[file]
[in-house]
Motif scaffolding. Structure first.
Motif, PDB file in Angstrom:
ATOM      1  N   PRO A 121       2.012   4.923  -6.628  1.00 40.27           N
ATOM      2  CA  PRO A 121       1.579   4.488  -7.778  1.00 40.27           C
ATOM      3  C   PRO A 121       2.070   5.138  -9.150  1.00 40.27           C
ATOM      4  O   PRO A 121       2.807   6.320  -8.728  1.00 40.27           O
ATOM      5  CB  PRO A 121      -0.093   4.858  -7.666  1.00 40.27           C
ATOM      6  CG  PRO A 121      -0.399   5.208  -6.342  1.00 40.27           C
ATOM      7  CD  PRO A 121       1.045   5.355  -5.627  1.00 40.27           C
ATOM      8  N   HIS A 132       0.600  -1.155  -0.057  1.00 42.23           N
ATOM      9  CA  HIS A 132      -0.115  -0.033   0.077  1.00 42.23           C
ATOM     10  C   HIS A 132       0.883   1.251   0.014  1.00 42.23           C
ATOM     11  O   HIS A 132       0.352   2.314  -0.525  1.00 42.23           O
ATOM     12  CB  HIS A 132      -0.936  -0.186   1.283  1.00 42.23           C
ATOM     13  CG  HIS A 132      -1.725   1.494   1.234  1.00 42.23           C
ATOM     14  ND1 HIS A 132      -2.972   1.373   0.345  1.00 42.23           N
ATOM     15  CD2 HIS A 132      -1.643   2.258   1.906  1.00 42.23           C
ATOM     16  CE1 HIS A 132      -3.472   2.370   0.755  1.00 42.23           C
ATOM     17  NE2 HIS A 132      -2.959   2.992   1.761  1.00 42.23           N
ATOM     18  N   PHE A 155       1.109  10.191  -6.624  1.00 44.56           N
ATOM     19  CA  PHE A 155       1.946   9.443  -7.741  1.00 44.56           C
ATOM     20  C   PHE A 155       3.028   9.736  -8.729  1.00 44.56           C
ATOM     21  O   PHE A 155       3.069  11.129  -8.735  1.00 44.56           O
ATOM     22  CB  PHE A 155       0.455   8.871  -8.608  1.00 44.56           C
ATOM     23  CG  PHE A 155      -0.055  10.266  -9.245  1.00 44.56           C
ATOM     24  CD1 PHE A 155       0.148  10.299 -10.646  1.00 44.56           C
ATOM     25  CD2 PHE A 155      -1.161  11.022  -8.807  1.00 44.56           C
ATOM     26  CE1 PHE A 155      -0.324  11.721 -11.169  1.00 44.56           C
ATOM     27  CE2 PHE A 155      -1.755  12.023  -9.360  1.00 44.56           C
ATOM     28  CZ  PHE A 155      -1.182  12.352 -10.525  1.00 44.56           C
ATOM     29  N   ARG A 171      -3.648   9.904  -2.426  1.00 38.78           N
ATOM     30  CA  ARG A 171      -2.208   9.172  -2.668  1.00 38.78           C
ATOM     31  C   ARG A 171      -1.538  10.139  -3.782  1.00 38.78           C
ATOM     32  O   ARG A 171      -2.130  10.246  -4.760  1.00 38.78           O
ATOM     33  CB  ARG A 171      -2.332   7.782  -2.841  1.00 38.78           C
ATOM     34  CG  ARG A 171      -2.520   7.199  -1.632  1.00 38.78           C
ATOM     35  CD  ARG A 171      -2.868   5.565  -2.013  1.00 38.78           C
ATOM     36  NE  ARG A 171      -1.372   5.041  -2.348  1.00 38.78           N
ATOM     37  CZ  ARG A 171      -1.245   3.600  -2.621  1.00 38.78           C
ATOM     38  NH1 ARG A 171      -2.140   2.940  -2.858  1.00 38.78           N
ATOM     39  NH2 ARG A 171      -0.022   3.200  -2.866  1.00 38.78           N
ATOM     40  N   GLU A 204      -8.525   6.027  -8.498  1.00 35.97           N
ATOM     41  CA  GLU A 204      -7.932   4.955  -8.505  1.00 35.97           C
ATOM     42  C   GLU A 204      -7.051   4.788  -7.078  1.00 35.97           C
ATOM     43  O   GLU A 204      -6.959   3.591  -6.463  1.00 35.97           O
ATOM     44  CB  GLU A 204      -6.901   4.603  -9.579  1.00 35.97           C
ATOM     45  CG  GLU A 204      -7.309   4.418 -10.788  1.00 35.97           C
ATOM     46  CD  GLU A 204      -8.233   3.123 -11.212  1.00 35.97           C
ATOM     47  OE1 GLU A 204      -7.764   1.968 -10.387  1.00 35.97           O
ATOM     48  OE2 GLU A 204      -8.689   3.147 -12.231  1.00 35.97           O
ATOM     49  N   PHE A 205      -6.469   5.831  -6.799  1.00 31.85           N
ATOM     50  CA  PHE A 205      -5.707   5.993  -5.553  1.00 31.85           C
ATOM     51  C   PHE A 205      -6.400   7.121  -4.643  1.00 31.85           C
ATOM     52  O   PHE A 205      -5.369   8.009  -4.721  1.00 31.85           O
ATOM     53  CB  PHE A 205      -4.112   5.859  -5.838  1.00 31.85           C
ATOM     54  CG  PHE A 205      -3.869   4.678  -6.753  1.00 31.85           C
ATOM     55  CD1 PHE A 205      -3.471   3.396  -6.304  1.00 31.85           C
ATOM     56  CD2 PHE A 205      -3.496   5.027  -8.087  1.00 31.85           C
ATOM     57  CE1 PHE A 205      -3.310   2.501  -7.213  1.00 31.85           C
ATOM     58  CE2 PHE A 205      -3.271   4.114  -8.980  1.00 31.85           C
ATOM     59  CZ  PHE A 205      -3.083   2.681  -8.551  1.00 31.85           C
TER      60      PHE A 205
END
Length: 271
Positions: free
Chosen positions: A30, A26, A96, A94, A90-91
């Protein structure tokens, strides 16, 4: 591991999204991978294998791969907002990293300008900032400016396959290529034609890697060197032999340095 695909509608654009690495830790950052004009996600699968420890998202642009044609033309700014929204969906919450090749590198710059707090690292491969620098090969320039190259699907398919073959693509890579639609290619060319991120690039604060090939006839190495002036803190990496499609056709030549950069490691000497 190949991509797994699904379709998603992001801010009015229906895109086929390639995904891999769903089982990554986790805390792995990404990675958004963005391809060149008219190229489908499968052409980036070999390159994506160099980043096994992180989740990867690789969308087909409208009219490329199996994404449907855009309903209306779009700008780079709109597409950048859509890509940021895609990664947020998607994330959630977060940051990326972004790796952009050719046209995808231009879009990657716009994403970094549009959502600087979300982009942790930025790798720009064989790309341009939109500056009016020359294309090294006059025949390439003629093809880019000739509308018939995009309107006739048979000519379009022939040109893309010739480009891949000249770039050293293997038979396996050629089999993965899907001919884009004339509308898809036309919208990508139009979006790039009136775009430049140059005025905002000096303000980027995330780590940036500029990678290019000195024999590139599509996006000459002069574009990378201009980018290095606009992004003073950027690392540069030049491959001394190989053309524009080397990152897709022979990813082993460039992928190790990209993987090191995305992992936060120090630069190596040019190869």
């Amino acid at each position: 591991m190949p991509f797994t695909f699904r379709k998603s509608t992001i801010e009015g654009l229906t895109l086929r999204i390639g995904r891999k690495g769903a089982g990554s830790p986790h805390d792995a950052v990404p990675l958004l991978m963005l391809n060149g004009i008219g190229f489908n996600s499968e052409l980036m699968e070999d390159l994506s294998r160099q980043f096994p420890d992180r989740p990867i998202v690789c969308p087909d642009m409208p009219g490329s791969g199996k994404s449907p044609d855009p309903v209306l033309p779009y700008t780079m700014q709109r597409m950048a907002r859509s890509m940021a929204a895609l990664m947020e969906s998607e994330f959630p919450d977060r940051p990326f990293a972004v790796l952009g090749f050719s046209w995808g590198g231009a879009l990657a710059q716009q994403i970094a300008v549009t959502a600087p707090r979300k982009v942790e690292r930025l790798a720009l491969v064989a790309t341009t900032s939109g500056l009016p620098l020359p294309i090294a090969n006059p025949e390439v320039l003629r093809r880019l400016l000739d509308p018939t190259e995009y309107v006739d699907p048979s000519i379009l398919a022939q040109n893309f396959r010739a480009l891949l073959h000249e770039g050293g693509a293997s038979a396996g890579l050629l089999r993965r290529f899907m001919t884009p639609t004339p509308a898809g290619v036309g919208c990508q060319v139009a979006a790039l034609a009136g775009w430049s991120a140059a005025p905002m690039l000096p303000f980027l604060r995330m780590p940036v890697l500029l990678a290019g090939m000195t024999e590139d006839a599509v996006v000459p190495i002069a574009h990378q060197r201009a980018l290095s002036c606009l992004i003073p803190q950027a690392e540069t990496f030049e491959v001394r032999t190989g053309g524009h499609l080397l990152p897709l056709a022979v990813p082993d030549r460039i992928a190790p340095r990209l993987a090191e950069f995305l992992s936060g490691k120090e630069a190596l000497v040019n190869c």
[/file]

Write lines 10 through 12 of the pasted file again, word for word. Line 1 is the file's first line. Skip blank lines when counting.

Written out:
ATOM      7  CD  PRO A 121       1.045   5.355  -5.627  1.00 40.27           C
ATOM      8  N   HIS A 132       0.600  -1.155  -0.057  1.00 42.23           N
ATOM      9  CA  HIS A 132      -0.115  -0.033   0.077  1.00 42.23           C